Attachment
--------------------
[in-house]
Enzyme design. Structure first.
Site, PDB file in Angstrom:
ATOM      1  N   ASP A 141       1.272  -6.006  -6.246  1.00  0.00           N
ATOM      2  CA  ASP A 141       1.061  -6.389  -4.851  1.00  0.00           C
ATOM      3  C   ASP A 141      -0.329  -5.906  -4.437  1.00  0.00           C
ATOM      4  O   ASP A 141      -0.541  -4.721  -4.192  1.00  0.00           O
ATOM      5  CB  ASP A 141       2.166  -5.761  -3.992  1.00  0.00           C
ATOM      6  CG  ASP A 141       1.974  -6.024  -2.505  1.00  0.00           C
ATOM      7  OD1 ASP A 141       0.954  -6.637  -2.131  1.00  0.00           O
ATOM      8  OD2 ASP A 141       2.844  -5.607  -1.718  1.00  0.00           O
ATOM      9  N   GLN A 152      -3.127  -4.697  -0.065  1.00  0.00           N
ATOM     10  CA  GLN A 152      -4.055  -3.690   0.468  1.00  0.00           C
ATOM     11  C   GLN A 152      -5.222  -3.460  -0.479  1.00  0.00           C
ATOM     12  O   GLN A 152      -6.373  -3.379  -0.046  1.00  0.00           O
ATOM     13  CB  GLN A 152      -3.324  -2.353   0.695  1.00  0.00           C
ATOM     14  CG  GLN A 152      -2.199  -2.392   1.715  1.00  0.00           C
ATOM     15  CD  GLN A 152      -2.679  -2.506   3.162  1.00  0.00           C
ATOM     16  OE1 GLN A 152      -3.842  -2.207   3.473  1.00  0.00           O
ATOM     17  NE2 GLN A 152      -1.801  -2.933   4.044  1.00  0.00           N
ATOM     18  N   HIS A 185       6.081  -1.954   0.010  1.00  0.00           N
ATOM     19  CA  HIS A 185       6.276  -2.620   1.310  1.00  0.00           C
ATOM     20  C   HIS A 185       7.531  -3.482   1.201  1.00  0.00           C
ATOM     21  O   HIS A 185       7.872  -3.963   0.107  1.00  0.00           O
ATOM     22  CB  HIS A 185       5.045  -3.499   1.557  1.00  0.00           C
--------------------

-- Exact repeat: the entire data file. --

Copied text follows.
[in-house]
Enzyme design. Structure first.
Site, PDB file in Angstrom:
ATOM      1  N   ASP A 141       1.272  -6.006  -6.246  1.00  0.00           N
ATOM      2  CA  ASP A 141       1.061  -6.389  -4.851  1.00  0.00           C
ATOM      3  C   ASP A 141      -0.329  -5.906  -4.437  1.00  0.00           C
ATOM      4  O   ASP A 141      -0.541  -4.721  -4.192  1.00  0.00           O
ATOM      5  CB  ASP A 141       2.166  -5.761  -3.992  1.00  0.00           C
ATOM      6  CG  ASP A 141       1.974  -6.024  -2.505  1.00  0.00           C
ATOM      7  OD1 ASP A 141       0.954  -6.637  -2.131  1.00  0.00           O
ATOM      8  OD2 ASP A 141       2.844  -5.607  -1.718  1.00  0.00           O
ATOM      9  N   GLN A 152      -3.127  -4.697  -0.065  1.00  0.00           N
ATOM     10  CA  GLN A 152      -4.055  -3.690   0.468  1.00  0.00           C
ATOM     11  C   GLN A 152      -5.222  -3.460  -0.479  1.00  0.00           C
ATOM     12  O   GLN A 152      -6.373  -3.379  -0.046  1.00  0.00           O
ATOM     13  CB  GLN A 152      -3.324  -2.353   0.695  1.00  0.00           C
ATOM     14  CG  GLN A 152      -2.199  -2.392   1.715  1.00  0.00           C
ATOM     15  CD  GLN A 152      -2.679  -2.506   3.162  1.00  0.00           C
ATOM     16  OE1 GLN A 152      -3.842  -2.207   3.473  1.00  0.00           O
ATOM     17  NE2 GLN A 152      -1.801  -2.933   4.044  1.00  0.00           N
ATOM     18  N   HIS A 185       6.081  -1.954   0.010  1.00  0.00           N
ATOM     19  CA  HIS A 185       6.276  -2.620   1.310  1.00  0.00           C
ATOM     20  C   HIS A 185       7.531  -3.482   1.201  1.00  0.00           C
ATOM     21  O   HIS A 185       7.872  -3.963   0.107  1.00  0.00           O
ATOM     22  CB  HIS A 185       5.045  -3.499   1.557  1.00  0.00           C